1) Buffalo Undy Run, 7:30 a.m. registration, race at 9 a.m. April 29 at Amherst-Colvin green space in Delaware Park. Tickets are $35 for adults and $30 for kids in advance; prices rise $5 on the day of the race. See the course map here.
Commentary: If you see a big group of scantily-clad runners circling Delaware Park on Saturday morning, do not be alarmed. The Undy Run, a Colon Cancer Alliance fundraiser, consistently produces creative costumes and amusing team names, such as Barb's Booty Buccaneers and Strollin' for the Colon.
Commentary: Much to my surprise, the social media response to the University at Buffalo Student Association's announcement that Stanton would replace actor-filmmaker James Franco was favorable - even suggesting that the late replacement would have been preferred to the initial booking.
Rising to stardom through Humans of New York - his compelling street portrait profile series of every-day New Yorkers that was soon compiled into a New York Times best-selling book - Stanton was named one of Time's 30 under 30 changing the world for his blogging, photography and social media skills.
3) "Cabaret," 8 p.m. April 28, 2 and 8 p.m. April 29; 2 and 7 p.m. April 30 in Shea's Performing Arts Center (646 Main St.). Tickets range from $27 to $72 and can be purchased here.
Commentary: The touring production has the right mix of seriousness, sadness and humor, News Reviewer Ben Siegel wrote in his terrific review. While you might chuckle at a gorilla wearing a dress, the reality of the Holocaust - and some of the horror that can be tied to recent events in Chechnya - leads to a sobering night at the theater.
This weekend serves as an opportunity to remember why The News' 100 Things series homed in on Shea's, too.
Commentary: At least when it comes to Buffalo's indie bands, few play as frequently as Humble Braggers (see photos from their March 11 show), and to a slightly lesser extent, M.A.G.S. But they're support for this show, as headliner, KOPPS, is an electronic rock-pop four-piece from Rochester that released a new single, "Baby I'm Dead Inside," on Friday morning.
5) Cabin Fever Beer and Wine Festival, 4 to 7 p.m. April 29 in Buffalo Ski Club's Tamarack Lodge (7414 State Road, Colden). Tickets are $30 pre-sale here and rise to $40 at the door.
Commentary: Although "cabin fever" isn't the most apt term for this time of year, the Ski Club freestyle team's fundraiser brings together 13 local and regional breweries, as well as three wineries.
Hang out in the lodge - not just to stay warm, for once - and sample beers, grab a commemorative tasting glass and munch on food from the Colden Country Kitchen.
6) Cloud Nothings, 7 p.m. doors, show at 8 April 28 in Tralf Music Hall (622 Main St.). Tickets are $15 in advance or $18 at the door.
Commentary: The Cleveland indie rock band is back in the limelight after a successful fourth studio album, "Life Without Sound," in which News contributor Michael Farrell saw quite the musical maturation.
In his concert announcement from January, Mac McGuire recalled the "absolutely raucous" sold-out show in Buffalo Iron Works in 2014. Even though the band's sound has shifted away from emo a little, expect a similar stream of energy.
Commentary: For a northeast city that gets plenty of rain during the spring and fall, you'd think Buffalo would have more mud-centric events. One of the best is UB's mud volleyball tournament - Oozefest - held annually as a way for students to de-stress from a long semester.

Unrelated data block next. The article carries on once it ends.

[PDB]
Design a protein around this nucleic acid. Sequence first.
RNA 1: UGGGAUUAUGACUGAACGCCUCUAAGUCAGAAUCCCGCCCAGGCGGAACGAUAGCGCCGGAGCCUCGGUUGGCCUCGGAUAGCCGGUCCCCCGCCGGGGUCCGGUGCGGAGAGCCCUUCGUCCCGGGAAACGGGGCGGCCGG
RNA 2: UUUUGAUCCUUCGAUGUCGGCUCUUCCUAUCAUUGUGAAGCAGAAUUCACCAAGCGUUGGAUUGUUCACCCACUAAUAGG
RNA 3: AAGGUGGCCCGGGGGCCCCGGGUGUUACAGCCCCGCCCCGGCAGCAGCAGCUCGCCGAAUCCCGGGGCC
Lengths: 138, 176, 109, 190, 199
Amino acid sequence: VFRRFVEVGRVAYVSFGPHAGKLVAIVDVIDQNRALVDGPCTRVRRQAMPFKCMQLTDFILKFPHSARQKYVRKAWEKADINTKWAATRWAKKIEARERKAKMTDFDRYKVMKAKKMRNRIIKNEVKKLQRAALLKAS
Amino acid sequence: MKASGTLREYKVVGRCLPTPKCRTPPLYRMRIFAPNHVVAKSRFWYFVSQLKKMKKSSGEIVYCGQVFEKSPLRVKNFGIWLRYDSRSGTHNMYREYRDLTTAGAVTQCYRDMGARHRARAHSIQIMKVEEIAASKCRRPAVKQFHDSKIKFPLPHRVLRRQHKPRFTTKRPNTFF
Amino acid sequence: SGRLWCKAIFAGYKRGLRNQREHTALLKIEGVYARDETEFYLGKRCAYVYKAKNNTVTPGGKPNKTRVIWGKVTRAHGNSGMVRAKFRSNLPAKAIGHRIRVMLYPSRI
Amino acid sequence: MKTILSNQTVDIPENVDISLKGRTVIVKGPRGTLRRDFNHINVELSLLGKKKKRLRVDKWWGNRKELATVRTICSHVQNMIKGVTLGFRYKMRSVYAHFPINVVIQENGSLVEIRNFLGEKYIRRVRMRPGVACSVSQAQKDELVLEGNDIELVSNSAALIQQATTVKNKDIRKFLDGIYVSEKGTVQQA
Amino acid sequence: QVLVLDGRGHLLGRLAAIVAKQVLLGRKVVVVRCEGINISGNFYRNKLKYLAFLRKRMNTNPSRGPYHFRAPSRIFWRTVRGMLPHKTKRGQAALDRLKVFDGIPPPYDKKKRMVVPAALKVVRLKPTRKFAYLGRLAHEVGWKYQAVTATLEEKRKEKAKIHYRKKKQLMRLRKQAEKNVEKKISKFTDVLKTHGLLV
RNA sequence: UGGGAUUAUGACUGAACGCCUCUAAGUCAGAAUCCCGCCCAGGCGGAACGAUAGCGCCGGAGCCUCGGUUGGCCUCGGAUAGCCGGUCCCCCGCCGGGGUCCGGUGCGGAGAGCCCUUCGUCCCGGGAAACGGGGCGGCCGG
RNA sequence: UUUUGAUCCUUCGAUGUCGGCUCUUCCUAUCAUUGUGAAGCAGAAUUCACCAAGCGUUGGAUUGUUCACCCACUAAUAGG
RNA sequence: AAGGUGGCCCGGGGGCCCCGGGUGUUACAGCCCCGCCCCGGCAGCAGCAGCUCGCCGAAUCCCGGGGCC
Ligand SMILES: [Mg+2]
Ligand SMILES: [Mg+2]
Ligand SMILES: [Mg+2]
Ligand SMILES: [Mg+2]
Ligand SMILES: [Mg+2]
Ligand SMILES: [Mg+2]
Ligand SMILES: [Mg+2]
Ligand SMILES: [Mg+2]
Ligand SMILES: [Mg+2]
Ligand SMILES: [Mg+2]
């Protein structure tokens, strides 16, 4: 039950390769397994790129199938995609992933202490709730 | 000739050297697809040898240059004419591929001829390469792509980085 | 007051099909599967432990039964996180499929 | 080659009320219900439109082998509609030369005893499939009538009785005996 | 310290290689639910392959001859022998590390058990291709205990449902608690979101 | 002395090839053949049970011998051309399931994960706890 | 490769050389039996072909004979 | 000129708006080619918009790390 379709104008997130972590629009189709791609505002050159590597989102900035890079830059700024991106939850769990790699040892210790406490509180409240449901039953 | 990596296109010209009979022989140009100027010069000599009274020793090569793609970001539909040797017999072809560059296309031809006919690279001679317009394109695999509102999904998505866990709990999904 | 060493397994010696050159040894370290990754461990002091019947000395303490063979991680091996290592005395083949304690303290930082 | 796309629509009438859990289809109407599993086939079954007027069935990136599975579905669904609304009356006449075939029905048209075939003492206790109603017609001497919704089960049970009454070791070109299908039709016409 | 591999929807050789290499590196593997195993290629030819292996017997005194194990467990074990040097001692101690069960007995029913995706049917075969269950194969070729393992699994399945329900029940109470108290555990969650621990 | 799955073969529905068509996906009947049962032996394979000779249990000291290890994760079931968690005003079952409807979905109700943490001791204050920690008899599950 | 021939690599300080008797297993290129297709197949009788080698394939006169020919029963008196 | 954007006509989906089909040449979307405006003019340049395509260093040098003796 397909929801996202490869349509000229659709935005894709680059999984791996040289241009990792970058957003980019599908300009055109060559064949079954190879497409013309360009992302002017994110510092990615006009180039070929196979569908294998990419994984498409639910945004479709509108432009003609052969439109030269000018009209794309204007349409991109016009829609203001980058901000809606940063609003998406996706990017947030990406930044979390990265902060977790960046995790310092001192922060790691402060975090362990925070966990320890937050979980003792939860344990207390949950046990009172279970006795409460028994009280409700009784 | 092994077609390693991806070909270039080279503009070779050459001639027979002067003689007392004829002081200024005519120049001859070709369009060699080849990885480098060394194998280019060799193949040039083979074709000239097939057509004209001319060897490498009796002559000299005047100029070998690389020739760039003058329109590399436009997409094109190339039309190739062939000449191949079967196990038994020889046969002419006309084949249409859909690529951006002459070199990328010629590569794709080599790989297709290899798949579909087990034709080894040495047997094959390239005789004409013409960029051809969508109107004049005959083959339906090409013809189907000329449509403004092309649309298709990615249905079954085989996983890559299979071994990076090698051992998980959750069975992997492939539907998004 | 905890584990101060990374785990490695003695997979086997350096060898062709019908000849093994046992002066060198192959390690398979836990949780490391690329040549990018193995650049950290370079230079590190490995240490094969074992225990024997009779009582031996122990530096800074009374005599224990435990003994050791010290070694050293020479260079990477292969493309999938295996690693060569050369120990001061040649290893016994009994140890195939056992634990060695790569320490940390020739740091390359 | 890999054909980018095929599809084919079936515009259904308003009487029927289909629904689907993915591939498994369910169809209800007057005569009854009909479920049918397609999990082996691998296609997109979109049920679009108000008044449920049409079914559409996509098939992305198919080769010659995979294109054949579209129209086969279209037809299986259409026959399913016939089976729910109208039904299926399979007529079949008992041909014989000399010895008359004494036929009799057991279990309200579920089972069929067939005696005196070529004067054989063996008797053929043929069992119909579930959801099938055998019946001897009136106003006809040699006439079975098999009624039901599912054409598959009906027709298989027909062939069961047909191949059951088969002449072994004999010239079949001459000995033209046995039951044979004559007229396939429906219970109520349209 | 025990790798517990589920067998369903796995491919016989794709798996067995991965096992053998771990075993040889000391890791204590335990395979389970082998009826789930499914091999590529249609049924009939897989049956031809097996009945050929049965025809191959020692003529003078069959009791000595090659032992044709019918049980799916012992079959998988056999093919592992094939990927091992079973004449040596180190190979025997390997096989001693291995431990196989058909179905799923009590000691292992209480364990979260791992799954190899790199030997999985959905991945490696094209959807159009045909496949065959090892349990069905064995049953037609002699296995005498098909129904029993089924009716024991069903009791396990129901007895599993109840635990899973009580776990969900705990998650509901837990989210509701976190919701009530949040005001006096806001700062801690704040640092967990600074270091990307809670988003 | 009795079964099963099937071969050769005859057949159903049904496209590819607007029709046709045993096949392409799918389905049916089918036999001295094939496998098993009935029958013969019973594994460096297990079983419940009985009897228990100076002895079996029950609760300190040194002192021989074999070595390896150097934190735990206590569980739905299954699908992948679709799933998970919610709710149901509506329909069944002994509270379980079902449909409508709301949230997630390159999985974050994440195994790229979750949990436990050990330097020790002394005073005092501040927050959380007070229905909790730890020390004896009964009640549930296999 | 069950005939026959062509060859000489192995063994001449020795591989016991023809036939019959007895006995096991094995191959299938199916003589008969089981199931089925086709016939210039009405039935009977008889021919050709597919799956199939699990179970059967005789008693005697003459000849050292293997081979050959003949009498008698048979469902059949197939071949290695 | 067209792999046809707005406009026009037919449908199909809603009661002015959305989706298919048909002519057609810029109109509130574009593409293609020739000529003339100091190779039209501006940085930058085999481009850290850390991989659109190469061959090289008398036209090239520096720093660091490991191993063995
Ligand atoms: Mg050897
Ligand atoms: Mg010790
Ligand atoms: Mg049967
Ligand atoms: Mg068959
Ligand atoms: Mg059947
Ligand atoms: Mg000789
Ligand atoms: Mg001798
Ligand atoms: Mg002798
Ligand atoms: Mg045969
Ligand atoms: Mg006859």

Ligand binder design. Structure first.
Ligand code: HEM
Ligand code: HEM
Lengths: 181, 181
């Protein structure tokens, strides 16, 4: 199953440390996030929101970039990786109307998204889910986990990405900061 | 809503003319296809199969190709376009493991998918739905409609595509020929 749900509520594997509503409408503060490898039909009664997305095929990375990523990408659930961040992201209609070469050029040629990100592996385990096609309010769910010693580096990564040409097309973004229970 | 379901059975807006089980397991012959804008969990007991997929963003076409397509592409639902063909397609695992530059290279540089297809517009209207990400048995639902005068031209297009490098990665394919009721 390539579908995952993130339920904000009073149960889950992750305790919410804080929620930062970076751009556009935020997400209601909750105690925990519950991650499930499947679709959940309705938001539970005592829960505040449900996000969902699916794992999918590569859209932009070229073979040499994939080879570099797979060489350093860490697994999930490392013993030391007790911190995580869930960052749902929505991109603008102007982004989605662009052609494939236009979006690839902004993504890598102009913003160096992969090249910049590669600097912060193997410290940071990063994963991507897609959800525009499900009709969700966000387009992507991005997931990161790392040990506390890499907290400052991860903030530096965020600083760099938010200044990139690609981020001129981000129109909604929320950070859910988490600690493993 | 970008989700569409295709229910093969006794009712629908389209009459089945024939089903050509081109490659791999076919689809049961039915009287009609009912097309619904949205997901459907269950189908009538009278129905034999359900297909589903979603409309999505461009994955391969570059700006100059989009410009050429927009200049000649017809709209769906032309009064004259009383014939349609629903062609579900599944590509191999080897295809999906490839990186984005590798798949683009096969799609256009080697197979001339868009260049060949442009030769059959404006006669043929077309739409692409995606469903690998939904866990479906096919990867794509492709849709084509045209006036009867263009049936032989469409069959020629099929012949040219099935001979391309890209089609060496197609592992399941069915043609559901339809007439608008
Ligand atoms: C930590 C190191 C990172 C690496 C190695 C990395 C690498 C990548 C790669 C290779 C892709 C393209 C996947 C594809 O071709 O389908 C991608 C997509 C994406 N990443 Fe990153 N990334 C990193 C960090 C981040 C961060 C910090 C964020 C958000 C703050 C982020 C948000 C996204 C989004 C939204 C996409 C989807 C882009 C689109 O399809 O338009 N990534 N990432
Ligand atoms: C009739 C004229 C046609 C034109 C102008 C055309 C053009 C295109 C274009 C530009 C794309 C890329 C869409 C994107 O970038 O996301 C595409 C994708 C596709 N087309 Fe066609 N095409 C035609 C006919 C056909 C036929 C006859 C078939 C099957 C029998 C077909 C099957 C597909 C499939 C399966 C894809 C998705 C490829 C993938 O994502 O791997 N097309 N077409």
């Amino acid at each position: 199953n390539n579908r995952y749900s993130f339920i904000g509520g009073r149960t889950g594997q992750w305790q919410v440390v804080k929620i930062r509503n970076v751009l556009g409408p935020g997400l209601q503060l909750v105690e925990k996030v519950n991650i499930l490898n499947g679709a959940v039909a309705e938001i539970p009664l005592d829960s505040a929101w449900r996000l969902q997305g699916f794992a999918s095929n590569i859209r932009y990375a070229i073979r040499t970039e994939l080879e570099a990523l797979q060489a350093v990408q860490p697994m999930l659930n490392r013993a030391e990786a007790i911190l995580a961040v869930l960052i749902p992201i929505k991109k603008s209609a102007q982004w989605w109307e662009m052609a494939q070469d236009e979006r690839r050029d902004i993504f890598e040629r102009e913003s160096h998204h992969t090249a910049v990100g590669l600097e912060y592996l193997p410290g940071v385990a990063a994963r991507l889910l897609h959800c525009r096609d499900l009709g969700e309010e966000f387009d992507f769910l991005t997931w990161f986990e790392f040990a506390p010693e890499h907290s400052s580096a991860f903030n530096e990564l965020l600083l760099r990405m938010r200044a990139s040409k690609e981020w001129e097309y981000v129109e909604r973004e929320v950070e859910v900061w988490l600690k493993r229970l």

Although registration has concluded and teams have formed, it's free to head over to North Campus to watch the splashing, as well as the joy mixed with discomfort. You'll see what I mean by scrolling through last year's Smiles gallery.
Commentary: Although Rusko's cancellation of his Town Ballroom show due to a medical emergency was a bummer for area EDM fans, Party Thieves' Saturday night show in VENU should help ease the pain.
New York-born party starter Jared McFarlin, who performs under the Party Thieves moniker, is reaching the end of his Grand Theft Army World Tour, although it's essentially a United States tour with one Canada date.
9) "Godspell," 7:30 p.m. April 28 and 29, plus 2:30 p.m. April 30 in Lancaster Opera House (21 Central Ave., Lancaster). Tickets are $30 general admission, $25 for seniors and $10 for students, and can be purchased here. The show runs through May 7.
Commentary: For someone who wasn't impressed with previous takes on "Godspell," Ben Siegel wrote a glowing, four-star review of the Lancaster Opera House play, lavishing praise on the director.
"Director Kevin Leary does a remarkable job. It is the tightest production of a musical I have seen on a local stage in many years. It moves with a fresh and youthful spirit, and doesn’t sacrifice maturity in the process. Not a single moment is wasted. He stages a tableau like it’s architecture. His choreography is efficient, expressive and intelligent. There is a single vision at work here, and it shows in every breath."
Commentary: Two compelling exhibitions open Friday in BAS, with Julia Douglas' oil portraits inspired by a reaction to the Trayvon Martin case. Instead of the negative character traits given to some African-American men by the media, Douglas illustrates humble, humane examples from Western New York.
Nguyen's exhibition hinges on the prevailing "Western memory of Eastern spaces" surrounding the trauma and historical understanding of the Vietnam War. Her work grapples with the memories of the suffering of the Vietnamese.
Note: The Kiss Cares for Kids Super Hero Walk, in tandem with the Women's and Children's Hospital of Buffalo, is now filled and will not accept walk-up registration.